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Friday, December 4, 2009

Snail Mail Collaging

SNAIL MAIL ART is by nature collage. Even if it starts as a straight painting, drawing or piece of writing it becomes a collage when addresses, postmarks and stamps are added. Many of the CIRCLE participants are professional artists and writers and  need no instruction, I have however had several people ask for advice. This is a list of ideas on making collage that you might find helpful in making your snail mail.
GROUNDS - A ground is the surface you work on. It canbe a piece of paper, cardboard or a piece of wood (It can be paper, heavy is better, watercolor or printmaking quality is good, or wood or metal or some object you find that you can glue and paint on.
Chose images, text or textures that appeal to you and work together visually.
Try having a limited color pallette, a theme or repeating images that relate to one another in a visual way.
Find patterns or textures that go with images or text. What you do can look random but still carry a message or idea.
JUXTAPOSITION A great collage is a juxtaposition of images, ideas, and formal elements of art (color, shape, line,texture, space and arrangement) A great juxtaposition occurs when two images or textures or surfaces that have had nothing to do with each other are pushed up against each other to create a new and surprising (hopefully pleasing ) relationship. Collaborations encourage great juxtaposition. Allow room and possiblity for your collaborator.
EXPERIMENT  Collage provides great opportunity for experimentation. Try arrangements of  color, space, texture,ahapes and text .
Remember Design 2-D 101-think about repitition, texture, contrast, unity and unity. Make a piece that is visually appealing. Advertising text and images can sometimes be very effective in a  funky or irreverent way but use in moderation and discrimination as you would use on any other image. Do the colors and shapes work together, is there an interesting juxtaposition of text and image, texture and color etc? What makes this different from looking at a regular ad?
Too many advertisements or labels thrown together with cliches and worn out symbols can be a disaster.  Lay out your elements first and try to avoid visual clutter and text made up of cliches.  
 ELECTRONIC IMAGING If you enjoy image editing and have the technical know-how, try your layout on a computer You have the ability to change scale, transparency, clarity, tone color, and many other qualities of images you manipulate electronically. You can also combine digital and paper image editing by printing edited images to include in a paper collage.
 GELS AND GLUES I almost always use Acrylic gel as my gluing agent. You can use it straight from the jar or you can dilute it, apply with a clean brush to your ground, water color paper is my ground of choice. After applying gel to the paper then attach your cut or torn collage elements to it. Use the brush again and go over the top of the adhered image. If the paper begins to buckle use your fingers to smooth it out. Fabric, wallpaper, rice paper, origami and craft papers and scraps of texture such as sandpaper or pieces of straw or leaves all make good collage pieces.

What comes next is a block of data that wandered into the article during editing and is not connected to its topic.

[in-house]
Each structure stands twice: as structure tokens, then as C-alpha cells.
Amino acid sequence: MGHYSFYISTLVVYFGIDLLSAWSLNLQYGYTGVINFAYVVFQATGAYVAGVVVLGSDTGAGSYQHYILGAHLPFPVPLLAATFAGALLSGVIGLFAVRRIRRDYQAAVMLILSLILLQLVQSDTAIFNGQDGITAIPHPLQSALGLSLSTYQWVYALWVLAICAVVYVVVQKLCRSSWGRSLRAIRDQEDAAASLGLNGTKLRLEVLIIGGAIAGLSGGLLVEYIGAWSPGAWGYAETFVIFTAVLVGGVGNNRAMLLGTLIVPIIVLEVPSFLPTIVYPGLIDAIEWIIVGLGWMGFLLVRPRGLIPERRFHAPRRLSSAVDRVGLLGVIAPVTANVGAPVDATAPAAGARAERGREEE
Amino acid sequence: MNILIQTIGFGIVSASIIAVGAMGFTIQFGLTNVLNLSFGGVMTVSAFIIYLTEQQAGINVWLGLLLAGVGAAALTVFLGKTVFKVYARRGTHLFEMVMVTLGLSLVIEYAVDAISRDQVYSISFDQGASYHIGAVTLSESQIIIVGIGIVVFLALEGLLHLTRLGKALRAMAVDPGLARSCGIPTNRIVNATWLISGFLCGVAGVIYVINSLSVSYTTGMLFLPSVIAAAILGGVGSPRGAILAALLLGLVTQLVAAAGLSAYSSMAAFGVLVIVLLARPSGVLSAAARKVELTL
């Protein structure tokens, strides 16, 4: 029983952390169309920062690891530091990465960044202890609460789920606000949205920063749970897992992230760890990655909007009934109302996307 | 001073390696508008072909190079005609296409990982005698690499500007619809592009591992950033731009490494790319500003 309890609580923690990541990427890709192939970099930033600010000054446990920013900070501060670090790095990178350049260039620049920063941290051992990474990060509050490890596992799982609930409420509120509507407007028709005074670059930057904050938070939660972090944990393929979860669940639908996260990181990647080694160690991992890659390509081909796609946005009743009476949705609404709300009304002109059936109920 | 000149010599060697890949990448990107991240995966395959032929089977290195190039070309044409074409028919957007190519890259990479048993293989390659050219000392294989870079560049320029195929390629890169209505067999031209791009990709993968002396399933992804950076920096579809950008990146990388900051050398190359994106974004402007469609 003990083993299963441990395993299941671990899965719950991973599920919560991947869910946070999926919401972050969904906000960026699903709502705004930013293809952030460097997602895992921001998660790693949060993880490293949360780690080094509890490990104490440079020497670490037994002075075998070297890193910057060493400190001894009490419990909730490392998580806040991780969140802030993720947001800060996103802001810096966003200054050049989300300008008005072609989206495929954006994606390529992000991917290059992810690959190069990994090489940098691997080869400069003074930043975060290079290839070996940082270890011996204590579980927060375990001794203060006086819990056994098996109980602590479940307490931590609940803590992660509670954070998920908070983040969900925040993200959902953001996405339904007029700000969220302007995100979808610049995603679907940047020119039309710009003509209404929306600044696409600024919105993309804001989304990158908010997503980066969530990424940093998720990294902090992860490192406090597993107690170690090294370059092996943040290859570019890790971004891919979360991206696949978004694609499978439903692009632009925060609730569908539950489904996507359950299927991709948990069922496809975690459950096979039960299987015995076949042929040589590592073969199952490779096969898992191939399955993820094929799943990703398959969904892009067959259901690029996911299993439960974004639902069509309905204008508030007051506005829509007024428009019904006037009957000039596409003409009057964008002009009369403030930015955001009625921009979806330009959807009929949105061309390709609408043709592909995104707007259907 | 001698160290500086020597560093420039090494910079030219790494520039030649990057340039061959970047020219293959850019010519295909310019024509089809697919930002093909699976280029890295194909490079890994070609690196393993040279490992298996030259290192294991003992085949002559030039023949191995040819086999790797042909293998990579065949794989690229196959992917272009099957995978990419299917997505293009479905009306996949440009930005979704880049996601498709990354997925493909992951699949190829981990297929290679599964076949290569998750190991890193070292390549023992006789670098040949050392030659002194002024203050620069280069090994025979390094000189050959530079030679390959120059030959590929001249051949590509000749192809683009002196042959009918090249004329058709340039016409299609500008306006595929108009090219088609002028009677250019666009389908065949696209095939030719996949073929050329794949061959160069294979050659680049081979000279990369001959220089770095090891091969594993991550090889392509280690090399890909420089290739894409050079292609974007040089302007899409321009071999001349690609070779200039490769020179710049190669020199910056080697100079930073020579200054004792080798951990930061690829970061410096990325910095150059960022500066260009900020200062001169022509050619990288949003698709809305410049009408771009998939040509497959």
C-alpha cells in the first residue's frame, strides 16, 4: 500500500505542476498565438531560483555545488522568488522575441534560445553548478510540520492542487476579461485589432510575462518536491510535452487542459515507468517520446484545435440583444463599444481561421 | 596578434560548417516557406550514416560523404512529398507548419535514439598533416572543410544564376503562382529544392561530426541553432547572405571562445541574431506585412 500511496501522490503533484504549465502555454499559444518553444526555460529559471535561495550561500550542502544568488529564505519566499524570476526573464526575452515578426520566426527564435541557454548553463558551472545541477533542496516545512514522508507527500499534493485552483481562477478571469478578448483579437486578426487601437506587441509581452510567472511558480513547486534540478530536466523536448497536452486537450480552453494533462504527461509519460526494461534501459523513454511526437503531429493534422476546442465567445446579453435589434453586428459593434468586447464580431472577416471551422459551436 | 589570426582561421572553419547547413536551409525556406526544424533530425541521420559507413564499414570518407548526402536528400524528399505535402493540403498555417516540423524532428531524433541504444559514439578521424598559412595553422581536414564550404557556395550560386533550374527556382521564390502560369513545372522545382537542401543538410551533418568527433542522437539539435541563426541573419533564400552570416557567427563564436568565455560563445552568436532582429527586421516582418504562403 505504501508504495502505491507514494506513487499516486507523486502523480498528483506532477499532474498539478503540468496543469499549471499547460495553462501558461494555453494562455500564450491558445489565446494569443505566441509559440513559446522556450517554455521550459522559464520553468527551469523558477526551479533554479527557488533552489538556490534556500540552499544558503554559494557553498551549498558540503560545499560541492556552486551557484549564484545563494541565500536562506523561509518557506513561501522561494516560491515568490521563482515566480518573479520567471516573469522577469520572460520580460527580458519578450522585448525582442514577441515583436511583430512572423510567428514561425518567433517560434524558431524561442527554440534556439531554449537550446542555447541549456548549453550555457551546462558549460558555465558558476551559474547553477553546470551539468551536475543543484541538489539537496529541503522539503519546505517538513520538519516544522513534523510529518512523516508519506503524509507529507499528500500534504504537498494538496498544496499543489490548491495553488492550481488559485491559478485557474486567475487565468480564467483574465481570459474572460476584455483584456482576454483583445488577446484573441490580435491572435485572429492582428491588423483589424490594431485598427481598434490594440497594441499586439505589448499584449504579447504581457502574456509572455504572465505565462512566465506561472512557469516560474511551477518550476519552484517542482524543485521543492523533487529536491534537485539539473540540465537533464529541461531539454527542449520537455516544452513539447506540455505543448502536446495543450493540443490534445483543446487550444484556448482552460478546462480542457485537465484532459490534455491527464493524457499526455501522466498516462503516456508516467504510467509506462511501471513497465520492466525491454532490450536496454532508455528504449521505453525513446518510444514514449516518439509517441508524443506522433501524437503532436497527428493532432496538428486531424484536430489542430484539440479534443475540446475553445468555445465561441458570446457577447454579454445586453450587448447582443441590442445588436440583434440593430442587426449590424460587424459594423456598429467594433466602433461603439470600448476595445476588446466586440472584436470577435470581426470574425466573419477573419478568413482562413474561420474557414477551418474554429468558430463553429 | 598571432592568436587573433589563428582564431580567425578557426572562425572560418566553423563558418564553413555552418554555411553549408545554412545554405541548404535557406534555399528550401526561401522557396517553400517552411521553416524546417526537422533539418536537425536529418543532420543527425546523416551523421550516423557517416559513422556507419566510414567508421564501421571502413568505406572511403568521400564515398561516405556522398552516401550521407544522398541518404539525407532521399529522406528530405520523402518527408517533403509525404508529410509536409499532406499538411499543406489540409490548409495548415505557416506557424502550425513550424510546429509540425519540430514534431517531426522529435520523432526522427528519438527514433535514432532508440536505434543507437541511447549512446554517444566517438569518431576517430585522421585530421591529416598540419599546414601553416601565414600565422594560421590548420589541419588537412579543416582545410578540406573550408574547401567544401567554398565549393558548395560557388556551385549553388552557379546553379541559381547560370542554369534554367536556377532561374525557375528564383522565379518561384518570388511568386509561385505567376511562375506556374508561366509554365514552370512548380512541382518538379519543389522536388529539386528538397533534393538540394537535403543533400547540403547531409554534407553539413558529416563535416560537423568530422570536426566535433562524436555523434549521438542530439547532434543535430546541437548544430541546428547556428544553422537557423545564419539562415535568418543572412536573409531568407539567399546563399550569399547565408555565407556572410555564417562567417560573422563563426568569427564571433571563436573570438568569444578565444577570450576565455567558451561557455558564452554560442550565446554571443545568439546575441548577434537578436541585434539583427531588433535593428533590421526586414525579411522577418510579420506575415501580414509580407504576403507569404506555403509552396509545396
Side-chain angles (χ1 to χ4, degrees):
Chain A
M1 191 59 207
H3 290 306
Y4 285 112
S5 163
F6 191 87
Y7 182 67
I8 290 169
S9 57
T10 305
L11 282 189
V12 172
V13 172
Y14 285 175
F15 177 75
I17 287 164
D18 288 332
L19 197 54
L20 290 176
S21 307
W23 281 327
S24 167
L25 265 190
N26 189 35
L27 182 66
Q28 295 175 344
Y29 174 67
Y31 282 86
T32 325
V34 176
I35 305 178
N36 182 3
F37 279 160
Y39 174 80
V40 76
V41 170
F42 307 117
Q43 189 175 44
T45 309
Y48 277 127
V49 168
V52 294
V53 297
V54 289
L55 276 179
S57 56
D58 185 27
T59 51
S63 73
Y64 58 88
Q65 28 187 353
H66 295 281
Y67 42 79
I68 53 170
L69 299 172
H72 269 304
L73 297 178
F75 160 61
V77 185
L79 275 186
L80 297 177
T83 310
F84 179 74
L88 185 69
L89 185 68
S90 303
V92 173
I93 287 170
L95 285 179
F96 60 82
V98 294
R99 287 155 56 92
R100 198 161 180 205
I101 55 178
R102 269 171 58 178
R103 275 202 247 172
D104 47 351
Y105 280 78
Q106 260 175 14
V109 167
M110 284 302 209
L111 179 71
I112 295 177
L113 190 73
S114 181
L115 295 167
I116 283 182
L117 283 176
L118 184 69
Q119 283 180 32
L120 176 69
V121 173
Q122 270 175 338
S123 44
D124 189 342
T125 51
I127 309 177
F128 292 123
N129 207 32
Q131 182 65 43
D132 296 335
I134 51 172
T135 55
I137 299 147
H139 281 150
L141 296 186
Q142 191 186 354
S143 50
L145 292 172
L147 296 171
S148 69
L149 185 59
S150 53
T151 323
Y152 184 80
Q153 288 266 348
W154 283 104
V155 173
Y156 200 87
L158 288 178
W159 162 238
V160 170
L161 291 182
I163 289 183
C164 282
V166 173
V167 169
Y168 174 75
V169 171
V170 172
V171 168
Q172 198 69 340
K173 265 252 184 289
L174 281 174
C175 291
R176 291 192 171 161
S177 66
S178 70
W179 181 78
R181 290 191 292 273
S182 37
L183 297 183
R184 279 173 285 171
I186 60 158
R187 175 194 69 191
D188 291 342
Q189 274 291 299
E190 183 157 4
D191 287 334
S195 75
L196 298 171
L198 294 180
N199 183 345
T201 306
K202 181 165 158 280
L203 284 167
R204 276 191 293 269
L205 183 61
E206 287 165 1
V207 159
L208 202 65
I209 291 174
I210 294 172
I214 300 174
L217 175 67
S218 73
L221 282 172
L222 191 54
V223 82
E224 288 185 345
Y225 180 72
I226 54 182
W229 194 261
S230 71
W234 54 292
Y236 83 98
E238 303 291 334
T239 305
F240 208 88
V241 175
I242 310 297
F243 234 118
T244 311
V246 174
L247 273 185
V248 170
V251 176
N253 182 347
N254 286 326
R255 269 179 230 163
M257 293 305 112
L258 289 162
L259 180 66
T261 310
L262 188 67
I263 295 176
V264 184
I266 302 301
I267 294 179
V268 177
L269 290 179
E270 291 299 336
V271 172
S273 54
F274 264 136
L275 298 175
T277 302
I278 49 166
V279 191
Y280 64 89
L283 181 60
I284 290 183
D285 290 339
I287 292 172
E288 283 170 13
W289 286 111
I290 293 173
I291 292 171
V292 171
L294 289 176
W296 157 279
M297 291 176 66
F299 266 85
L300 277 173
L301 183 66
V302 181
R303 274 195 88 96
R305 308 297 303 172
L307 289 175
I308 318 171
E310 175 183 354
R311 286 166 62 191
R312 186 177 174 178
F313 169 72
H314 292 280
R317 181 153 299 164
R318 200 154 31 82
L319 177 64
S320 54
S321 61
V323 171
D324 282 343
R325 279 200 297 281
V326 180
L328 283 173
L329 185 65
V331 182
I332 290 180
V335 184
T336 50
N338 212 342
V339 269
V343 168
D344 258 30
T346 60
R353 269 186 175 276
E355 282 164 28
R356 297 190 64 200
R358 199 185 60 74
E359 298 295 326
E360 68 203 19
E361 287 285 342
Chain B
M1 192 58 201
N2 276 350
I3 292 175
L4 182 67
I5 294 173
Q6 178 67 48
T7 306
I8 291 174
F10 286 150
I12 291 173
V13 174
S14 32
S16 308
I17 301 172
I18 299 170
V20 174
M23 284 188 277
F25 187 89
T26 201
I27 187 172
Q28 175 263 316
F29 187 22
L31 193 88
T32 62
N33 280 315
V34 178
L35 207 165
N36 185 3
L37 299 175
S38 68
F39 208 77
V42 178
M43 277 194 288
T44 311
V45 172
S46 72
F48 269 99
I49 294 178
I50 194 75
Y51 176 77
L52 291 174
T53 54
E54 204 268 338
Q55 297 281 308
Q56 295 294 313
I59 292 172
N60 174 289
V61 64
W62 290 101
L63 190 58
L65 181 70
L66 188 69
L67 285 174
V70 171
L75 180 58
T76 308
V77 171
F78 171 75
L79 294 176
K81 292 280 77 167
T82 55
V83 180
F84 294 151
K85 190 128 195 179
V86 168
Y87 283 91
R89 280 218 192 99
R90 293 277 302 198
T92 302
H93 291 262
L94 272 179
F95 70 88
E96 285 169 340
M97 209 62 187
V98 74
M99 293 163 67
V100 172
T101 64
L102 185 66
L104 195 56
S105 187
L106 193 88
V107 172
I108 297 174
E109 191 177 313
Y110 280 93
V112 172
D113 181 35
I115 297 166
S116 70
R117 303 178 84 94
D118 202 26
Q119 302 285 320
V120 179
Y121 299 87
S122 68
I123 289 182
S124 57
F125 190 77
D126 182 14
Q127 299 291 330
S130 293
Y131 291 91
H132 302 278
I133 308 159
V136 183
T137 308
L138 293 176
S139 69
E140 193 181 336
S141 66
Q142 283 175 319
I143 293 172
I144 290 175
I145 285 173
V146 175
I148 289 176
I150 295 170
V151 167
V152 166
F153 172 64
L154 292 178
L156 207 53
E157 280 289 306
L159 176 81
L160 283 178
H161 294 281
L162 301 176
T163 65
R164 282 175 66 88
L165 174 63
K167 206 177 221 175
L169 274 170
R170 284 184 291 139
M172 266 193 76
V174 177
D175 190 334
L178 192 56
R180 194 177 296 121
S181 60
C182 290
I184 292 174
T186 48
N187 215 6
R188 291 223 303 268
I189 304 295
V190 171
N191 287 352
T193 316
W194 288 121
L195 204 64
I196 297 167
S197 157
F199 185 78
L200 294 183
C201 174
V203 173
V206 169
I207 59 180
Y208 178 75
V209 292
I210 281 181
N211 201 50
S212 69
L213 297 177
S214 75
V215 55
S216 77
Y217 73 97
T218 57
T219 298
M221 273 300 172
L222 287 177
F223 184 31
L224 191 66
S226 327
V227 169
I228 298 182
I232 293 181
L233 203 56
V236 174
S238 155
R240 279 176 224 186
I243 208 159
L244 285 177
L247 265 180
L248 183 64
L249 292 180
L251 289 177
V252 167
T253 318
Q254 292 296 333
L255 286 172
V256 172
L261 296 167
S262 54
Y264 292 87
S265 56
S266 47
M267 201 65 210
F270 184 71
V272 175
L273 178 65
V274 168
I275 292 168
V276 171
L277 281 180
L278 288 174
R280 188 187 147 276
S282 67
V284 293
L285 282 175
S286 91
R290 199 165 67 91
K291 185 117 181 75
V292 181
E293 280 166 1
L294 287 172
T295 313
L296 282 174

If you do not have Acrylic Gel you can use regular white glue such as Elmers. Dilute the glue so it is brushable and use as described above. If the materials on your collage do not stick perfectly after gluing, you can brush a diluted glue mixture (about 3 parts water to 1 part glue) over the whole collage once it is finished. You can also use this technique to seal the collage.
The glue you use depends on the materials you're gluing. Some glues simply won’t hold certain materials, and some very strong glues may quickly damage your collage pieces. Rubber cement is great for some types of paper, super glue may be necessary for non absorbent pieces such as plastics or vynils. To determine the correct glue read the containers.
The rule of thumb for adhesives is that anything absorbent will stick with PVA glue (Elmers) or wood glue. Anything slick such as plastic or glass will require another type glue. Acrylic gel will work for all paper and for many other materials and it is easy to tint with acrylic paint to make a glaze.
GLAZING Covering your entire collage with an acrylic glaze can be an effective way to give your piece continuity. If you find that the images just do not relate or you have too much variety  try mixing a small amount of paint  with a larger amount of Acrylic gel. Paint it ove r the entire collage and allow to dry.
SELF CRITIQUE After experimentation take time to assess the piece for balance and coherence. Does it hold together as a piece? Are the images related in some way? Is there an interesting juxtapostition of texture, shape, color or line?
CONSIDER YOUR COLLABORATOR Maybe m ost of all because this piece is meant to be collaborative you need to remember not to "FINISH" it, This is a very tricky thing to  do especially for artists who are used to trying to achieve a finished complete look. Leave some breathing room ,s omethng not quite done, something for your collaborator to work with. Not doing so may leave the collaborator with no other choice than to obliterate some of your work. 
REMEMBER THE STAMPS After  you finish your collage you will have to afix an address, return address and stamps. Consider these spaces for these elements as you work.

 ENJOY  the process and result and most of all finding your returned piece of snail mail art in your mailbox.

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